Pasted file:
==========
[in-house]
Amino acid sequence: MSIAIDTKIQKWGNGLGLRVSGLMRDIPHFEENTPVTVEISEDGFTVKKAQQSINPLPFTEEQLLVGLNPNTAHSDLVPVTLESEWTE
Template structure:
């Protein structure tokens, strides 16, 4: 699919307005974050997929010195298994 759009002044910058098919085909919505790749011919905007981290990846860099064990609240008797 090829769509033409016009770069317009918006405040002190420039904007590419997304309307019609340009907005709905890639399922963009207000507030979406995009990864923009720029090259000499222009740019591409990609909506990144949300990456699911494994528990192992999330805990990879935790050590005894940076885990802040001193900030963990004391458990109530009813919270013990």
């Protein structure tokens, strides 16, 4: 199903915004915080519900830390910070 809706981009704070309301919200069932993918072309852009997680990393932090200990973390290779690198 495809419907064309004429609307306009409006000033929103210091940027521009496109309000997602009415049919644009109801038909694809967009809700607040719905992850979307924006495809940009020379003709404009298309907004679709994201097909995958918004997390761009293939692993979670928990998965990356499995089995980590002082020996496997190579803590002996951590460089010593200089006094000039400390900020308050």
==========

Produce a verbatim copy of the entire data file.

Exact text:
[in-house]
Amino acid sequence: MSIAIDTKIQKWGNGLGLRVSGLMRDIPHFEENTPVTVEISEDGFTVKKAQQSINPLPFTEEQLLVGLNPNTAHSDLVPVTLESEWTE
Template structure:
């Protein structure tokens, strides 16, 4: 699919307005974050997929010195298994 759009002044910058098919085909919505790749011919905007981290990846860099064990609240008797 090829769509033409016009770069317009918006405040002190420039904007590419997304309307019609340009907005709905890639399922963009207000507030979406995009990864923009720029090259000499222009740019591409990609909506990144949300990456699911494994528990192992999330805990990879935790050590005894940076885990802040001193900030963990004391458990109530009813919270013990």
């Protein structure tokens, strides 16, 4: 199903915004915080519900830390910070 809706981009704070309301919200069932993918072309852009997680990393932090200990973390290779690198 495809419907064309004429609307306009409006000033929103210091940027521009496109309000997602009415049919644009109801038909694809967009809700607040719905992850979307924006495809940009020379003709404009298309907004679709994201097909995958918004997390761009293939692993979670928990998965990356499995089995980590002082020996496997190579803590002996951590460089010593200089006094000039400390900020308050």